Site No.28: The City of Plainwell


The first settler in Plainwell was Henry Wellever, who was attracted to the area because of the construction  of a new plank road.  Most of the towns on this tour have in common the fact that their original reason for existing was location, location, location ... whether on the river, a railroad stop, or, in the case of Plainwell, at an important intersection of the new road.  Easy access to transportation was critical to a town’s development.

Old Plainwell
Main Street in Plainwell looking south ca. Late 1800's.
This view looks pretty much the same today, minus the horse and buggies!

In the early 1850s, the old rutted (and when it rained, muddy) dirt road between Grand Rapids and Kalamazoo, and between here and Allegan, was replaced by a new plank road. The sawn planks were made out of oak or walnut and were 8’ long and 2” thick. This pioneer version of a paved highway was a huge improvement ... having a relatively smooth surface that would not be impacted much by the weather.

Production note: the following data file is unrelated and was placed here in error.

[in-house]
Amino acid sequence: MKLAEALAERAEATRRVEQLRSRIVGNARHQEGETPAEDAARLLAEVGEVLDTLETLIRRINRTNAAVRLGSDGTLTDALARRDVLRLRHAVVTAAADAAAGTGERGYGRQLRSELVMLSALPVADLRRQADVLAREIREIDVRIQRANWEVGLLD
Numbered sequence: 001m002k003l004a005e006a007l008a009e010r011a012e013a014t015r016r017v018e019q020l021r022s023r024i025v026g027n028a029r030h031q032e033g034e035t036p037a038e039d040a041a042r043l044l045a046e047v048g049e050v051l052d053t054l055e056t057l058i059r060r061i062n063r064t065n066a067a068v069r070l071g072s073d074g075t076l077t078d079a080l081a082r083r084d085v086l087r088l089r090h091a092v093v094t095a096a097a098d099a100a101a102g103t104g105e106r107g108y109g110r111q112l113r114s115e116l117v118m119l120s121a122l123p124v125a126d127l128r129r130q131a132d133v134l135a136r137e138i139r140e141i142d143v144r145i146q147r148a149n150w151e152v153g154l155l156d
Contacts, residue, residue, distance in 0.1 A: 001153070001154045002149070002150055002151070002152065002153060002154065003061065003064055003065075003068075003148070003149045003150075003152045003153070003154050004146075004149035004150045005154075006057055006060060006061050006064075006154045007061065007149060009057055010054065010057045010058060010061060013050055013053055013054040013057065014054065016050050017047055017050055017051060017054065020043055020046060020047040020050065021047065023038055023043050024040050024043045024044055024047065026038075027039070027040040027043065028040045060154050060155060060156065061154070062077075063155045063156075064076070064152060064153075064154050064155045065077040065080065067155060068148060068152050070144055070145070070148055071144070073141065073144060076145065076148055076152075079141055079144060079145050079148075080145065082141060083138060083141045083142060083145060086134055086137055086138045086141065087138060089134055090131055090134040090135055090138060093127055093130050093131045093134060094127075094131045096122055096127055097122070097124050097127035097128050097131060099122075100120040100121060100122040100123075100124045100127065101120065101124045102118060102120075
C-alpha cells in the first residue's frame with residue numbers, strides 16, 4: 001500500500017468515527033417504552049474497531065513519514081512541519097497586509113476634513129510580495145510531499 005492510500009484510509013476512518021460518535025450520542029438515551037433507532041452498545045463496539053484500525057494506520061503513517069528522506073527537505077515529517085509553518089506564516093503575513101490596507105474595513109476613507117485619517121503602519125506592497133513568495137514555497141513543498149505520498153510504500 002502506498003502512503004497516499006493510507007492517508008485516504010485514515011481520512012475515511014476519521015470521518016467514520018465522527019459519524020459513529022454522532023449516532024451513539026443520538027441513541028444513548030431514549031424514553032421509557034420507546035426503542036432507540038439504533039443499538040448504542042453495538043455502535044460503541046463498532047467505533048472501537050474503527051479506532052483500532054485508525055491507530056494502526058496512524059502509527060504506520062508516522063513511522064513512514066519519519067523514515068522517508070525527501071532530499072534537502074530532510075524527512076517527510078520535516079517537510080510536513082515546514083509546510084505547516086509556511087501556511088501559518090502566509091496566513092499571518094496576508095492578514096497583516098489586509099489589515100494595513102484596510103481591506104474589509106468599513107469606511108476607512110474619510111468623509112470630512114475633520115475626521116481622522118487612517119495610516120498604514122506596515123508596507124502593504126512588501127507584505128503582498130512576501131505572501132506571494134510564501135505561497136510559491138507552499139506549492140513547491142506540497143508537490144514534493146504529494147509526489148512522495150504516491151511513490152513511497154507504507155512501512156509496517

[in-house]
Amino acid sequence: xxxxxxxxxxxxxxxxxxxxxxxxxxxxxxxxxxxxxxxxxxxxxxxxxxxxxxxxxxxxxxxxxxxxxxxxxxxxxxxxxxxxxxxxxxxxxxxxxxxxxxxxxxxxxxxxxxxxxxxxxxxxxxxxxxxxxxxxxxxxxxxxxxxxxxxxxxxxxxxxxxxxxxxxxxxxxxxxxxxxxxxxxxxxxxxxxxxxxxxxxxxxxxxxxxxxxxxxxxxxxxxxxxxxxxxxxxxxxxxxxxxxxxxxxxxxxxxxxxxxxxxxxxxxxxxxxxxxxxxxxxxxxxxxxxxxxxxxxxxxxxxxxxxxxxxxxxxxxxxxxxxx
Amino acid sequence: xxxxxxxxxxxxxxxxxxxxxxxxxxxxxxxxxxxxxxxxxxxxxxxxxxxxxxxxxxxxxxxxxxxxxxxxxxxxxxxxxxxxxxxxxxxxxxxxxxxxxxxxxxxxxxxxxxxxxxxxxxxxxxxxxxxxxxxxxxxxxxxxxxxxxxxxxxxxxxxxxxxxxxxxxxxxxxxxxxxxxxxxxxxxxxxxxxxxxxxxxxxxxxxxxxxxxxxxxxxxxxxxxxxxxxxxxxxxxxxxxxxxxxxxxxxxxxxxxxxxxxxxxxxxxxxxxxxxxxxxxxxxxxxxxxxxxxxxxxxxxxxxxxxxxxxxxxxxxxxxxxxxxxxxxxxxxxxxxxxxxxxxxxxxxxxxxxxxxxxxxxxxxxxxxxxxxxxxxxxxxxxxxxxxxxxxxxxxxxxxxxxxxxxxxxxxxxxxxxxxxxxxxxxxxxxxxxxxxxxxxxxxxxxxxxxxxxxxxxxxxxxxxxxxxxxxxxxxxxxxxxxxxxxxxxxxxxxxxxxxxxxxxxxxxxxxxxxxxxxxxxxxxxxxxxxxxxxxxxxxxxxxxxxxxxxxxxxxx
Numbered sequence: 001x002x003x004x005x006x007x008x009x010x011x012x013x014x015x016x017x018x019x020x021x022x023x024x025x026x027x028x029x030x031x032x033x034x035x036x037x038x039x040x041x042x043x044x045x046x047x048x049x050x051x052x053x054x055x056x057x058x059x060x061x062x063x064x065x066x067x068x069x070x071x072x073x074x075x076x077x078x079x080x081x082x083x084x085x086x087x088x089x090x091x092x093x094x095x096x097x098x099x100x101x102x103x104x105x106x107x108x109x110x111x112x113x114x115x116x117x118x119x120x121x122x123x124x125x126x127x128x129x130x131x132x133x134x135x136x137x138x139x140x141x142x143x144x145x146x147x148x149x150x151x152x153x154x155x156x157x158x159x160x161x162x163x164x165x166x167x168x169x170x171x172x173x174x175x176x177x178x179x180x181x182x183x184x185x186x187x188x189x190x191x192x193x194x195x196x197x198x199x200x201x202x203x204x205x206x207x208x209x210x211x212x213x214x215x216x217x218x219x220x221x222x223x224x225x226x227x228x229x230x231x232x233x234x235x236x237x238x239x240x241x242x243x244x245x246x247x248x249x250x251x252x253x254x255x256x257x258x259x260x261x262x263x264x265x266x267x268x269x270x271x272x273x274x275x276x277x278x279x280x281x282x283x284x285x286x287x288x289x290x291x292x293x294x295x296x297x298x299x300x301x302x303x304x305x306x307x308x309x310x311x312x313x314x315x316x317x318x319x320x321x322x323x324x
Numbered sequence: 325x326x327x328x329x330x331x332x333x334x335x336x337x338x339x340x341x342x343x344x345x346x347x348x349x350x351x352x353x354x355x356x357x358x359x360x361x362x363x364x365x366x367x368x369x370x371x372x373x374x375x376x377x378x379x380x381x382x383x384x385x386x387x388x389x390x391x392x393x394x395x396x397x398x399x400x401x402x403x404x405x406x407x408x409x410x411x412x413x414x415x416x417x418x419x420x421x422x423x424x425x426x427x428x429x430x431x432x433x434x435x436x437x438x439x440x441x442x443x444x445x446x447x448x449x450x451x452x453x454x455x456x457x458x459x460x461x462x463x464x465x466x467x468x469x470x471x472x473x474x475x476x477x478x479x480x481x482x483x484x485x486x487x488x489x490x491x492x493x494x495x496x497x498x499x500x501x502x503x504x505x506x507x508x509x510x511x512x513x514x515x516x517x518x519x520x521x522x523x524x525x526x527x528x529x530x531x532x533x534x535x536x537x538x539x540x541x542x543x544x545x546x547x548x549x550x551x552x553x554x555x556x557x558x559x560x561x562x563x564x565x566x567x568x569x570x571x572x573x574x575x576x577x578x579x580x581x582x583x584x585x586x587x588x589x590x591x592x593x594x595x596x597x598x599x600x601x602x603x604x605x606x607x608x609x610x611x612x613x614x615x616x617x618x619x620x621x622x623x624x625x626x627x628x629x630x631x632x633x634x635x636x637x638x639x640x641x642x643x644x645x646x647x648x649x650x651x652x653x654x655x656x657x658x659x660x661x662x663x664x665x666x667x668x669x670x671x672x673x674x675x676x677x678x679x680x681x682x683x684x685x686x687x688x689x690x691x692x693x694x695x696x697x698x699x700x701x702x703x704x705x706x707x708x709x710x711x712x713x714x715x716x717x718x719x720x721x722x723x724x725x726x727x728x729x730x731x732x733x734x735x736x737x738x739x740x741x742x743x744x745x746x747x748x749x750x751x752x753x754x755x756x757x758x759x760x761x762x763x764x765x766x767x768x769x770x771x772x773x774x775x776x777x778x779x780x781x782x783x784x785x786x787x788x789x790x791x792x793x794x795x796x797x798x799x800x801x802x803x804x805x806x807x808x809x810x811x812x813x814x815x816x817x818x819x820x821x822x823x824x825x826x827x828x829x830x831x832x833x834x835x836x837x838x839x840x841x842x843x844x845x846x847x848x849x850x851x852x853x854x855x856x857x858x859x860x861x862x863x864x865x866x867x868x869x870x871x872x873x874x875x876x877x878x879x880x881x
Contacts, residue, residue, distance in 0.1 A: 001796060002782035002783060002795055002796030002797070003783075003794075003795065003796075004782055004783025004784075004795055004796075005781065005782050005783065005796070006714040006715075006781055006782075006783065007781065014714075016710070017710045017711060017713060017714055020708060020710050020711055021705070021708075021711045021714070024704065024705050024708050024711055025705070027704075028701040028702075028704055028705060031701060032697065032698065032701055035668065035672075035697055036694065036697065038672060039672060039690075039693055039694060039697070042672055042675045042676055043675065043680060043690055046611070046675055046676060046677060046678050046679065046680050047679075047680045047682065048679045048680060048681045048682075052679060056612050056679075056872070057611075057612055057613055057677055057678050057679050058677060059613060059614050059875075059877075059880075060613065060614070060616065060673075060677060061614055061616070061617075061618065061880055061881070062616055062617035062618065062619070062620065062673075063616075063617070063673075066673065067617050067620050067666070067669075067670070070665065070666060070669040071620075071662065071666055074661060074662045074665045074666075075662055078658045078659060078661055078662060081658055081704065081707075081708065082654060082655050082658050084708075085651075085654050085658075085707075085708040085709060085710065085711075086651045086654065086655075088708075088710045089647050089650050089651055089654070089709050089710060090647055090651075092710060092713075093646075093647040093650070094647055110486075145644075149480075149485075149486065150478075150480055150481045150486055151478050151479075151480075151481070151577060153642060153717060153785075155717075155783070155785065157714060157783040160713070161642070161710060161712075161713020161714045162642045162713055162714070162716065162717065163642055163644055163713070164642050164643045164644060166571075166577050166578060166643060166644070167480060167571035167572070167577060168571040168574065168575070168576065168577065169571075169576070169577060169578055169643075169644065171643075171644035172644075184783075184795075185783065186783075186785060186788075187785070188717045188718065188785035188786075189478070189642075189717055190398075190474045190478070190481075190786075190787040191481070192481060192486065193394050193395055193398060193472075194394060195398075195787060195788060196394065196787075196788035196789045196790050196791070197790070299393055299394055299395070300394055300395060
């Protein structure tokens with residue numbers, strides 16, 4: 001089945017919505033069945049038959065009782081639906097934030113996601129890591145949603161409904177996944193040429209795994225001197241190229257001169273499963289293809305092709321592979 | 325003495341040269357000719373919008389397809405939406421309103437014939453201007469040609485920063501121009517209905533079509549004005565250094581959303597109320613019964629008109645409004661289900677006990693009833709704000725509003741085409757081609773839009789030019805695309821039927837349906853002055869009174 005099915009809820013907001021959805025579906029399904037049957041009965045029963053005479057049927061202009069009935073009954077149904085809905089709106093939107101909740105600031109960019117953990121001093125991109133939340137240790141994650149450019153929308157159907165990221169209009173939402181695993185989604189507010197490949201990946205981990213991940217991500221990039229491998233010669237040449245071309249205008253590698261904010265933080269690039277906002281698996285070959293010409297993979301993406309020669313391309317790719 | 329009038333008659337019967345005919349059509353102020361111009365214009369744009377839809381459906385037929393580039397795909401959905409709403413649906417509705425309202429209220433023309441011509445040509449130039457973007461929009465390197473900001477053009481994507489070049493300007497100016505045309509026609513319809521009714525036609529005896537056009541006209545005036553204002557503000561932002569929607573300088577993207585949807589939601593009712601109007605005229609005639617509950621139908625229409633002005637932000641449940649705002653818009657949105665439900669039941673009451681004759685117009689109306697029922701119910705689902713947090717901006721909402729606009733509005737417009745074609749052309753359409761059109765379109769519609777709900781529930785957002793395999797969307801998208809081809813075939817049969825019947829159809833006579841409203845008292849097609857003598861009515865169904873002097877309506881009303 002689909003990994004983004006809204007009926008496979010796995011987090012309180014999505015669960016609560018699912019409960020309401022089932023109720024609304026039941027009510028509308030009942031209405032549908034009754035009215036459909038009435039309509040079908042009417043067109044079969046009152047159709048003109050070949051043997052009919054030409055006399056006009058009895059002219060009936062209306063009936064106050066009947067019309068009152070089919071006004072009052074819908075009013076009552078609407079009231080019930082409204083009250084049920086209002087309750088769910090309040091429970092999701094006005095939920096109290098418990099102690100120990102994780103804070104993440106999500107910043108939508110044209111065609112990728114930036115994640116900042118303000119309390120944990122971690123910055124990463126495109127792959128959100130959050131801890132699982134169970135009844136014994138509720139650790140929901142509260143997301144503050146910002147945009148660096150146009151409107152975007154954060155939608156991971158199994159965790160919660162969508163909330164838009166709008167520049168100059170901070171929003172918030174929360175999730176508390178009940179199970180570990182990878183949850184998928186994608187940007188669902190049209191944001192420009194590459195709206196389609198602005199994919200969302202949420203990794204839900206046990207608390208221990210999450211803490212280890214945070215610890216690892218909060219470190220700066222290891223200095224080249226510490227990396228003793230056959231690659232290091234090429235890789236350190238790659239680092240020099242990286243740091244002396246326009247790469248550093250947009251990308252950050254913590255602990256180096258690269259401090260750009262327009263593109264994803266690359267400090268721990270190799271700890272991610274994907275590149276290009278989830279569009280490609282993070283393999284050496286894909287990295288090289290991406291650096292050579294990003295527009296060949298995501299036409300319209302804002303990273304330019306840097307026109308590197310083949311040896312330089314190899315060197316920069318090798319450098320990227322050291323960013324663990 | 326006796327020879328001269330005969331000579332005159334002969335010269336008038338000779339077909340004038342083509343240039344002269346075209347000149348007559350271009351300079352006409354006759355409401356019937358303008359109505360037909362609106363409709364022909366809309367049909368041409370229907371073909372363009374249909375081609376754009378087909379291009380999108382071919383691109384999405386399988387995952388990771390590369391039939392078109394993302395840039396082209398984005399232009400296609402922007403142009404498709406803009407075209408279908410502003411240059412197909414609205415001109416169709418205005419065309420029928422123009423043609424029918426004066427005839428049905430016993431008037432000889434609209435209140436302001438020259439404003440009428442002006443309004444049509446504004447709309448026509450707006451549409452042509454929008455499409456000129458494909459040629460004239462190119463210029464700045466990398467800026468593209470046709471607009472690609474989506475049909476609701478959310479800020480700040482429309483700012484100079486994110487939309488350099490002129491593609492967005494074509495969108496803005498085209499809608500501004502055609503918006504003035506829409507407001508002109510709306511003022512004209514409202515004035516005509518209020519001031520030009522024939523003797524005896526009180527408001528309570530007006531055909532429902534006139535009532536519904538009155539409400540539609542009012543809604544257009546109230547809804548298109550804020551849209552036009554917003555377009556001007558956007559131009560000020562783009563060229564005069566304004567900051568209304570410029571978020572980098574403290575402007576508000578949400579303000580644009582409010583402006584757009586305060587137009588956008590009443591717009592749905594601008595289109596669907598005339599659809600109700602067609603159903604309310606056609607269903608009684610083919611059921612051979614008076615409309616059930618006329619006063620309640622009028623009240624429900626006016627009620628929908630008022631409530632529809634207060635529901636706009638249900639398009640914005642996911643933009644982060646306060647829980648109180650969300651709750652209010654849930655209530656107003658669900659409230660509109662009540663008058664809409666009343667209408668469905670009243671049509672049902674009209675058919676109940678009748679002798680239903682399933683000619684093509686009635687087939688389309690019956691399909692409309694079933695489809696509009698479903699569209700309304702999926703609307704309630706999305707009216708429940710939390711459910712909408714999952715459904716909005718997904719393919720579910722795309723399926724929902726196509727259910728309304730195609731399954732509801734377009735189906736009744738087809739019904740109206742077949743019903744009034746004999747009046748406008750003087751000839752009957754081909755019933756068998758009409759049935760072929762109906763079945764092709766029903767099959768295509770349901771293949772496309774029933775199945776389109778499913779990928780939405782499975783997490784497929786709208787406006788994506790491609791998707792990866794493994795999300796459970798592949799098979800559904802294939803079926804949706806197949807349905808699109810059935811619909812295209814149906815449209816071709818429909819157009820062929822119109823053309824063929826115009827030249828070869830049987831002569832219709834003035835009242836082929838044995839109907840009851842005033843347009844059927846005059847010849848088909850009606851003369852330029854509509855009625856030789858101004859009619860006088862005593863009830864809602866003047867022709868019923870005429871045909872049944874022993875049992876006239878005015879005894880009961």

Plainwell today

When the plank road was completed in 1854, the result was a considerable amount of traffic and the area, simply referred to as “The Junction” at that time, started to grow into a town. The town was surveyed and platted in April 1863 and was given the name Plainwell. The plank road remained in operation until the early 1900’s, when the current paved 10th Street between Wayland and Plainwell, which uses the same roadbed, replaced it.

Without a doubt, there is a lot to see and do in Plainwell, and it’s a good place to stop for lunch or dinner. So stop and have a look around. You are surrounded by history here.

Traveling to and from Plainwell must have been a treat with the stagecoach running over the plank road instead of the dirt road it replaced.

Building construction
An elephant in your basement? When this building on the corner of South Main and West Bridge Streets was being constructed in 1916, a circus came to town. One of the elephants got loose and wandered around town, eventually walking into this building and crashing through the ground level floor into the basement! Don't worry, they got it out.

Soule Memorial Fountain
This is a photo of the original Soule Memorial Fountain, which was built in 1907. Inside it had four fountains with drinking places on the outside for dogs and horses. It was destroyed by an auto accident in 1953 and was replaced by a new one in 1970. Because materials from the original fountain were hard to duplicate, the newer version was much simpler than the original.


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